5. Impact of the world agricultural grocery markets on self-development of regional agrarian systems

    Directory of Open Access Journals (Sweden)

    Veniamin Vasil'evich Drokin

    2011-12-01

    Full Text Available This paper analyzes the impact of foreign economic grocery relations on the state of self-development and self-regulation in the agrarian sector of the country and regions. A definition of the concept of «self-regulation of the agrarian sector in the region» is given. The characteristic of long-term trends in food independence is given. In this regard, the current state of food self-sufficiency in the regions of Russia on essential grocery is analyzed. It is concluded that the majority of regions are characterized by low levels of selfsufficiency in grocery. The main trends of Russian food exports in recent years are shown. The reasons for the sharp growth in grain exports are analyzed. The estimation of the possibilities for further increase of exports of these products in connection with the planned growth of consumption and production of staple food as predicted by the Russian government is made. In general, the authors believe that low levels of food self-sufficiency of the country may be not only at significant food imports, but also at low volumes of imports, coupled with the high volume of agricultural exports. Accordingly, in both cases the possibility of selfdevelopment of the regional agrarian scope is undermined because of the influence of external factors (low levels of food self-sufficiency in the country.

  6. Food marketing targeting youth and families: what do we know about stores where moms actually shop?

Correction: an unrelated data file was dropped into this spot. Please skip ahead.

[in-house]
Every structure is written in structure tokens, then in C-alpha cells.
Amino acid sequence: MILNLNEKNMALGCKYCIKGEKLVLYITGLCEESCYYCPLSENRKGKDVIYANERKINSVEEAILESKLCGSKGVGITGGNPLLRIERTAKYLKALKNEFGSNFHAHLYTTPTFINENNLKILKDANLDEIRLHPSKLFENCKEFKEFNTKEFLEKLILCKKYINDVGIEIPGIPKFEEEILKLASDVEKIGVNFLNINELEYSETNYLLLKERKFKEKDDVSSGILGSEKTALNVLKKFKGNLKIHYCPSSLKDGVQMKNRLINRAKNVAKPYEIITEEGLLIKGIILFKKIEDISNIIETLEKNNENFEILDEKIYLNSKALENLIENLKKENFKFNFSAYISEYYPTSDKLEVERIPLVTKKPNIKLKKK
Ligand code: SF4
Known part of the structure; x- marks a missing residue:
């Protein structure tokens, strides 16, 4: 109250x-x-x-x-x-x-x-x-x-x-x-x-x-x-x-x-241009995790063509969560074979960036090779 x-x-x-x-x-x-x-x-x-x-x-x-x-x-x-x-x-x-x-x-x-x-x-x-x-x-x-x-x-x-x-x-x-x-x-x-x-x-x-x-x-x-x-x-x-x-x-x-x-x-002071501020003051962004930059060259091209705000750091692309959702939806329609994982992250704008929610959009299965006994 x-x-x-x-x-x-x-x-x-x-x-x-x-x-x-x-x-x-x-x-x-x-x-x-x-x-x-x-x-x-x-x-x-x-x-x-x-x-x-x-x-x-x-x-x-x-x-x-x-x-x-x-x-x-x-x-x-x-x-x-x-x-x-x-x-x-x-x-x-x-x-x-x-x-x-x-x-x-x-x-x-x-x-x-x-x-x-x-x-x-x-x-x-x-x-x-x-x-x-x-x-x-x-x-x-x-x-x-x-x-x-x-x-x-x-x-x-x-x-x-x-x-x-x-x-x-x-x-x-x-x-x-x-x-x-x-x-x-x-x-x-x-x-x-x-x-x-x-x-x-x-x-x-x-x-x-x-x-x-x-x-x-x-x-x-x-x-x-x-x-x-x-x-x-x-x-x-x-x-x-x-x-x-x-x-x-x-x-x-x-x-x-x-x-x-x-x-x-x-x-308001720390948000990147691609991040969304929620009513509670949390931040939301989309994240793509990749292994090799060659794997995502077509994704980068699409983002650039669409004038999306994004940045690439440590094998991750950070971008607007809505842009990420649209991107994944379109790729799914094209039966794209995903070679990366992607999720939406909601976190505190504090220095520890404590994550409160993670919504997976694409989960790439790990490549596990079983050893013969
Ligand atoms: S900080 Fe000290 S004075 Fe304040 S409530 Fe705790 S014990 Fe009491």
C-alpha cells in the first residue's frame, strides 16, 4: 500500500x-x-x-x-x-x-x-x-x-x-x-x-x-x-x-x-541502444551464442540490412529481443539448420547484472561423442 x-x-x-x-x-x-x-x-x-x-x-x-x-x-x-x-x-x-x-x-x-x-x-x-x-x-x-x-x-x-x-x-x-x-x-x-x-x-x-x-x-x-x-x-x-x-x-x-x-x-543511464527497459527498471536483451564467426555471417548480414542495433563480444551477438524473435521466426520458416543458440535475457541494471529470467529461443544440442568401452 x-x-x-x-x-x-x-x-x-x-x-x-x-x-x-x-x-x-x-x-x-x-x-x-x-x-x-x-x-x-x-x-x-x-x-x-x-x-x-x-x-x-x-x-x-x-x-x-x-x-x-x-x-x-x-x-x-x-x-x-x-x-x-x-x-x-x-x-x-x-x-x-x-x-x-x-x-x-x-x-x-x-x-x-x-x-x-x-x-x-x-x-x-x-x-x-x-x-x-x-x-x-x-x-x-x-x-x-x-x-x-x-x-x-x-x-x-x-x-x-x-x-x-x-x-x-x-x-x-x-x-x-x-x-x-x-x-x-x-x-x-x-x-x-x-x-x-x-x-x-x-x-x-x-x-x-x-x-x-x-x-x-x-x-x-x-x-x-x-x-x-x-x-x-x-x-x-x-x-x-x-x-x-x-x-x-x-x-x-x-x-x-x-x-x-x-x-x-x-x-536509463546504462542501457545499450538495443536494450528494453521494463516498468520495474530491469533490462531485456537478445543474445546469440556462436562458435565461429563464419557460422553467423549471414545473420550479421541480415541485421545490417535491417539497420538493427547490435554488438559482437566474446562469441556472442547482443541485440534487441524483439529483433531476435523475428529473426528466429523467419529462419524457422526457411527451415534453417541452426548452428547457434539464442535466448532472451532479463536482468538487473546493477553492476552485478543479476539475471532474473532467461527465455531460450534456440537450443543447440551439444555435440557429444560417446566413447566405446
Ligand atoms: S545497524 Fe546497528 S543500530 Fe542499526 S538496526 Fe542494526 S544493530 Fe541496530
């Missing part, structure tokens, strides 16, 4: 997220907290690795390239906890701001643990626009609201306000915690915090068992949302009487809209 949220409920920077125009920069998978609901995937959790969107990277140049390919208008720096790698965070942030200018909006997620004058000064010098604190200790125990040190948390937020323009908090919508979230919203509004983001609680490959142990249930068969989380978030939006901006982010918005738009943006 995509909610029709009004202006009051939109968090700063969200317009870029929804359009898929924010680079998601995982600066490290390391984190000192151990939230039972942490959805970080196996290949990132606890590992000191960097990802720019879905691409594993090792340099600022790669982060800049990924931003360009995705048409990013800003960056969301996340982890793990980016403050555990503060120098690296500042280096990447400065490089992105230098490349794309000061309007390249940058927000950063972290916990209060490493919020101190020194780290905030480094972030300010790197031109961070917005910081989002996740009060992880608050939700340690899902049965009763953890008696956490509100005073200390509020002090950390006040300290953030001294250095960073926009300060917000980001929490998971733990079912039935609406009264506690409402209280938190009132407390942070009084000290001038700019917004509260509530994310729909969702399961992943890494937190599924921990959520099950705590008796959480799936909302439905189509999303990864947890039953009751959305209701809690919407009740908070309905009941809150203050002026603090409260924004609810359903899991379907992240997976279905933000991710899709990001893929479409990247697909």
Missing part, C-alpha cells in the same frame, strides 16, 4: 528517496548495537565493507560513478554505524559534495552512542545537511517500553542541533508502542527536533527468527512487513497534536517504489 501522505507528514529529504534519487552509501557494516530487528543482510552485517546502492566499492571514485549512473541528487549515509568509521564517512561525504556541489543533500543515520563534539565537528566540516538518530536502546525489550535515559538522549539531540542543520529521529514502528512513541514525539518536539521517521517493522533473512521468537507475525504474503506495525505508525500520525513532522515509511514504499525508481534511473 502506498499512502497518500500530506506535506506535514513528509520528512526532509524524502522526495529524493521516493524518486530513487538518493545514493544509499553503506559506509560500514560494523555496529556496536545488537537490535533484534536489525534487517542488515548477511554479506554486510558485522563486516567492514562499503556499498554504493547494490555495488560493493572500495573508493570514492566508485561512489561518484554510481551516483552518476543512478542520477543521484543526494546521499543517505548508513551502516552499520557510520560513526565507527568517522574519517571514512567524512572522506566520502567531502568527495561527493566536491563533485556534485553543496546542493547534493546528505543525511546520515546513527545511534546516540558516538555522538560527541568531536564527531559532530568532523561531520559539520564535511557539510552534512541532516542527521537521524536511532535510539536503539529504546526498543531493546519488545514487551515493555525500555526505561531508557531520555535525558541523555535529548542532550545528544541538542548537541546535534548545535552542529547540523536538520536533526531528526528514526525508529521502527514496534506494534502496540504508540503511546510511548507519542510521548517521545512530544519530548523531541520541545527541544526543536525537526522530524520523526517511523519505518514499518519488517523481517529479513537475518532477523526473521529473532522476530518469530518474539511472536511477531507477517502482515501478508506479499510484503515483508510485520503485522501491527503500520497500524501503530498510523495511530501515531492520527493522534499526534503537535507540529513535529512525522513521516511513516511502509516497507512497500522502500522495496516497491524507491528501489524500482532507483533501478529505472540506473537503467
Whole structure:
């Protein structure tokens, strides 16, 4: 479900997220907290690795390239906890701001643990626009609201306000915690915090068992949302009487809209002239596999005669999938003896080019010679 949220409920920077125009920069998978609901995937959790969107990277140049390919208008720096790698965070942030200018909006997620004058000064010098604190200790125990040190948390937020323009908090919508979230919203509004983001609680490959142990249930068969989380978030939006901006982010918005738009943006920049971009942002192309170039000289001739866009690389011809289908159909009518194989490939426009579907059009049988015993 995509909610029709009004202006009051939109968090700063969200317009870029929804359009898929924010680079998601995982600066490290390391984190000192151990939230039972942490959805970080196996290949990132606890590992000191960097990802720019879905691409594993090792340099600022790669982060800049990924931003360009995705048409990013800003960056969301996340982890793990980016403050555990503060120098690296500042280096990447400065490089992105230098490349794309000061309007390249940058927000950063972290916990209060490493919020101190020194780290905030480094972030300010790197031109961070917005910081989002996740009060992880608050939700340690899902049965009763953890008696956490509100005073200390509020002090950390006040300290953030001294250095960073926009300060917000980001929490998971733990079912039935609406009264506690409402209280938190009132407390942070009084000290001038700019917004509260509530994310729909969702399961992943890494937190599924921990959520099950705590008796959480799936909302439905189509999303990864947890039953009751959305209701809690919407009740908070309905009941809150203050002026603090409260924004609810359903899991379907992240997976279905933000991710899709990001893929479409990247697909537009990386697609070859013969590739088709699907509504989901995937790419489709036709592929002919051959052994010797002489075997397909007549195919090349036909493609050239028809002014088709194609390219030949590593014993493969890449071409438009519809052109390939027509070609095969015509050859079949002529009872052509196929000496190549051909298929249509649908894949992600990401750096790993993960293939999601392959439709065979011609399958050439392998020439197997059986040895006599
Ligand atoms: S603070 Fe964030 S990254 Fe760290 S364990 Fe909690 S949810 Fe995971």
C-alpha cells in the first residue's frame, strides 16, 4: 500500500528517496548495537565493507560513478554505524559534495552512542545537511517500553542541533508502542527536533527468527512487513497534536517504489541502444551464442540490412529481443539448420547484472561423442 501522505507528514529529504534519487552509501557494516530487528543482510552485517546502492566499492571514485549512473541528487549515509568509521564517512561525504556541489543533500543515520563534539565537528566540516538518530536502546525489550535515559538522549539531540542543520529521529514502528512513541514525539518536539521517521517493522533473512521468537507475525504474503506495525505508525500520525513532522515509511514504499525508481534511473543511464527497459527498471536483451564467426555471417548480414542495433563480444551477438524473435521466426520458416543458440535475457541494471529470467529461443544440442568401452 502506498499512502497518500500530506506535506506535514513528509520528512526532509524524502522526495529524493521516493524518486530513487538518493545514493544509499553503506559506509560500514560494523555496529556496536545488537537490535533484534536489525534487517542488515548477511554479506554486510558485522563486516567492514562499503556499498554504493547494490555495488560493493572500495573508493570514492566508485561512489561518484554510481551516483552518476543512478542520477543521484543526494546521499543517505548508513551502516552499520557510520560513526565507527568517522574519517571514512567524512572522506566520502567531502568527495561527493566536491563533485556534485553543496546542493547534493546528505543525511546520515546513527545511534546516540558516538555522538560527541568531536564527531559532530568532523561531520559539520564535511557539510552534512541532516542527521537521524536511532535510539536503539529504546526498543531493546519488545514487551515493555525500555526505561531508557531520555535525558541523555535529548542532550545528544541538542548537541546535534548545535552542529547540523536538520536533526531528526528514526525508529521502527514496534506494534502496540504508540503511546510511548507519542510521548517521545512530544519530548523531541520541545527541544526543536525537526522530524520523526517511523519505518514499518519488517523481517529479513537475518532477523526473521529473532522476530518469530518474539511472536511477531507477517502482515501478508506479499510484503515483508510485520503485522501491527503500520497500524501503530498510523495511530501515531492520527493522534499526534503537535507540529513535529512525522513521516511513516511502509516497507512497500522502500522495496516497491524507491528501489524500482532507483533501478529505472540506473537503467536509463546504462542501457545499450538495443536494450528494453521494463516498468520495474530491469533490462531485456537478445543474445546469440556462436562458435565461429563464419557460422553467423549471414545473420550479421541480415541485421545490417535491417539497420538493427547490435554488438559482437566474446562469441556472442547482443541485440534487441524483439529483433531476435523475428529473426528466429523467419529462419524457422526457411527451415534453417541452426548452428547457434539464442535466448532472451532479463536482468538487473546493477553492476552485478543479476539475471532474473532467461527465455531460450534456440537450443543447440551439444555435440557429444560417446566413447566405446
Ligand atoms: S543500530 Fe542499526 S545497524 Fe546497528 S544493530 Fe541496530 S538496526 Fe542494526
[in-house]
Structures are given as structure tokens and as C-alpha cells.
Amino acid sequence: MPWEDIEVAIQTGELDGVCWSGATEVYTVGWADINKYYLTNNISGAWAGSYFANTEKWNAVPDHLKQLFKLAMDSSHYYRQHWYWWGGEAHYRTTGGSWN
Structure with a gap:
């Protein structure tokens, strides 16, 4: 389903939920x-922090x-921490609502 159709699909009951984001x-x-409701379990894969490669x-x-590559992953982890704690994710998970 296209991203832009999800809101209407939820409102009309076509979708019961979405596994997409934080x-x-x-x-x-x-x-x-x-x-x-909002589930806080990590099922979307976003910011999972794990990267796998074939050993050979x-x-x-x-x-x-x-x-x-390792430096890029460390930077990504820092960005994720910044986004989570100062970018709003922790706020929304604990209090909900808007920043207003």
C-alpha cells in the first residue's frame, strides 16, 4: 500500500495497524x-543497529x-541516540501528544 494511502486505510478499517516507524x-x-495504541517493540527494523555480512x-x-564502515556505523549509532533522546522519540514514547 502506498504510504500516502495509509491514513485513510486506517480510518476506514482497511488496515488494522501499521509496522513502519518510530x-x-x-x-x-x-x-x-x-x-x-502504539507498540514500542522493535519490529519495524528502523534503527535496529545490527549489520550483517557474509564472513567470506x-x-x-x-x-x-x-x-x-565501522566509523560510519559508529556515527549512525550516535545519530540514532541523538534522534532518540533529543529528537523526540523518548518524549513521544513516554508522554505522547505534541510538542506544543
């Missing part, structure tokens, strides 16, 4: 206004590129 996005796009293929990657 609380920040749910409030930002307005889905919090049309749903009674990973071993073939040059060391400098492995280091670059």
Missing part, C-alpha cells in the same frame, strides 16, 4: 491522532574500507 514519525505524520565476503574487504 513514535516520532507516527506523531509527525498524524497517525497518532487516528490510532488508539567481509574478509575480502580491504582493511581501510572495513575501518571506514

Science.gov (United States)

    Grigsby-Toussaint, Diana S; Rooney, Mary R

    2013-01-01

    Although efforts are underway to examine marketing that targets the youth and families in the retail food store environment, few studies have specifically focused on stores that families identify as their primary sites for food shopping. Between November 2011 and April 2012, we examined the frequency and types of marketing techniques of 114 packaged and nonpackaged items in 24 food stores that mothers of young children in Champaign County, IL, said they commonly frequented. Chi-square tests were used to determine whether significant differences existed between items with regard to marketing by store type, store food-assistance-program acceptance (i.e., WIC), and claims. Overall, stores accepting WIC and convenience stores had higher frequencies of marketing compared to non-WIC and grocery stores. Fruits and vegetables had the lowest frequency of any marketing claim, while salty snacks and soda had the highest frequency of marketing claims. Nutrition claims were the most common across all items, followed by taste, suggested use, fun, and convenience. Television tie-ins and cartoons were observed more often than movie tie-ins and giveaways. Our results suggest an opportunity to promote healthful items more efficiently by focusing efforts on stores where mothers actually shop.

  7. Food Marketing Targeting Youth and Families: What Do We Know about Stores Where Moms Actually Shop?

    Directory of Open Access Journals (Sweden)

    Diana S. Grigsby-Toussaint

    2013-01-01